Tara Moss spoke passionately about the lack of empathy in the provision of funding for domestic abuse services, including her unsuccessful campaign to secure $250,000 of government funding to ensure a domestic violence support call centre had the capacity to answer all calls made to the service.  Women are overwhelmingly the prime subjects of domestic violence and yet nothing is being done about it.  In 2015 two women were killed every week by a current or former partner; that’s more than the number of people killed by terrorism, yet the funding of these issues is massively disproportionate.  

Susan Carland revealed the challenges she has faced as a Muslim woman and the senseless hatred that she had been subjected to.  She reminded us that empathy is a choice and we are all responsible for creating it and using it in our lives.  Empathy works to humanise people, to allow us to listen and focus on our similarities.  Turning the negative abuse she received into a positive – by donating $1 from every hateful tweet on Twitter to UNICEF – has reinforced her strong commitment to empathy in the face of destructive opposition. The audience applauded her courage.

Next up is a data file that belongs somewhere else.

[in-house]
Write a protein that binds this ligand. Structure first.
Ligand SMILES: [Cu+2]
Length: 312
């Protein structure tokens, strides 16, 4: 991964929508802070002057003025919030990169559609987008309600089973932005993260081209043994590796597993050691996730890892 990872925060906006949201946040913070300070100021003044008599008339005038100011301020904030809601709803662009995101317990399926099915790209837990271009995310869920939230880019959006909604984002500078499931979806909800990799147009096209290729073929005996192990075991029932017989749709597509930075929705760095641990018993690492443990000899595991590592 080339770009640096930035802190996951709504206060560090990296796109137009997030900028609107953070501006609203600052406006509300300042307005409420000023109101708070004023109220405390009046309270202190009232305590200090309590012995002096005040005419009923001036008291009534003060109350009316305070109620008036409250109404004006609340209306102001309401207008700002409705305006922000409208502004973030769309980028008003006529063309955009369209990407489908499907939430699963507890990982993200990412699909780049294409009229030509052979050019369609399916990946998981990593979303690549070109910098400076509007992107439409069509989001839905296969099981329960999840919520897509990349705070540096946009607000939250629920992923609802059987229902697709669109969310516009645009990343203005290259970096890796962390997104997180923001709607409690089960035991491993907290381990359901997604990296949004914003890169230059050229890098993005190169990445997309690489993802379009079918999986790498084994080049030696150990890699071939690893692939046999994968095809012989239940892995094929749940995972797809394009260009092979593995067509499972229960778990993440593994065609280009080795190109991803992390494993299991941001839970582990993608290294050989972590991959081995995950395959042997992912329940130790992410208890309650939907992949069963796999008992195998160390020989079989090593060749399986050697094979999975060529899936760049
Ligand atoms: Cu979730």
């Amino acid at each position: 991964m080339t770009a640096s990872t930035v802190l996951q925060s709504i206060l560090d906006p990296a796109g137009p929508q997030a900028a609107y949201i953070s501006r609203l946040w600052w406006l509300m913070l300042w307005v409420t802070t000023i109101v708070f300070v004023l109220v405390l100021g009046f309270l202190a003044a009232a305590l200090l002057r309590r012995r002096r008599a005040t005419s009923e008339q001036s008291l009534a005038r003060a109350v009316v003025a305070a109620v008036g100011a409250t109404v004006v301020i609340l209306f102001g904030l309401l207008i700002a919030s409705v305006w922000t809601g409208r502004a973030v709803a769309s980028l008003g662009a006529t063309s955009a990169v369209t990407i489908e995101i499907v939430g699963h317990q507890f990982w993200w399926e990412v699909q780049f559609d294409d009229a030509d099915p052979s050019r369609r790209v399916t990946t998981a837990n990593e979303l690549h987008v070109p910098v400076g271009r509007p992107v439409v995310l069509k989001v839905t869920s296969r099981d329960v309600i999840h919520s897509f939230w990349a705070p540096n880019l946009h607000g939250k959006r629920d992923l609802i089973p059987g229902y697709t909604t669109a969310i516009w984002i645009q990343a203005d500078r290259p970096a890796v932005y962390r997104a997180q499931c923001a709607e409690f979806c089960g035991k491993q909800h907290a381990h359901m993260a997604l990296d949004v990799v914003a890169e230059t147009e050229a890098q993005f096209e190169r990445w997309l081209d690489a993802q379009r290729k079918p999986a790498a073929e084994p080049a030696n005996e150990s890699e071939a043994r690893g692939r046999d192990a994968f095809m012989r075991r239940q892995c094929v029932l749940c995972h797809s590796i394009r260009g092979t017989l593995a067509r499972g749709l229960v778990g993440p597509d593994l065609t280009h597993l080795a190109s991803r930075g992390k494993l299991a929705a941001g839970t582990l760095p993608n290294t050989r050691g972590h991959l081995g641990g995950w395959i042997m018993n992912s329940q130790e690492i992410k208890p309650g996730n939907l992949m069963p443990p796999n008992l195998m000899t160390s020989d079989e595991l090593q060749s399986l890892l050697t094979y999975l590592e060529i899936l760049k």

Q: How can empathy be engaged in regard to topics such as climate change?

People have a view of the world and the issues therein for a reason.  Empathy should guide us to listen to what others have to say – even if we don’t agree.  It’s important to understand others and why they are there.  Understanding can lead us to a clearer picture – Are they ill-informed on an issue? Have they had a negative experience in the past?  Are they scared?  Empathy allows us to delve deeper and reveal a bigger picture; to see the world through their eyes and find a way to take them with us.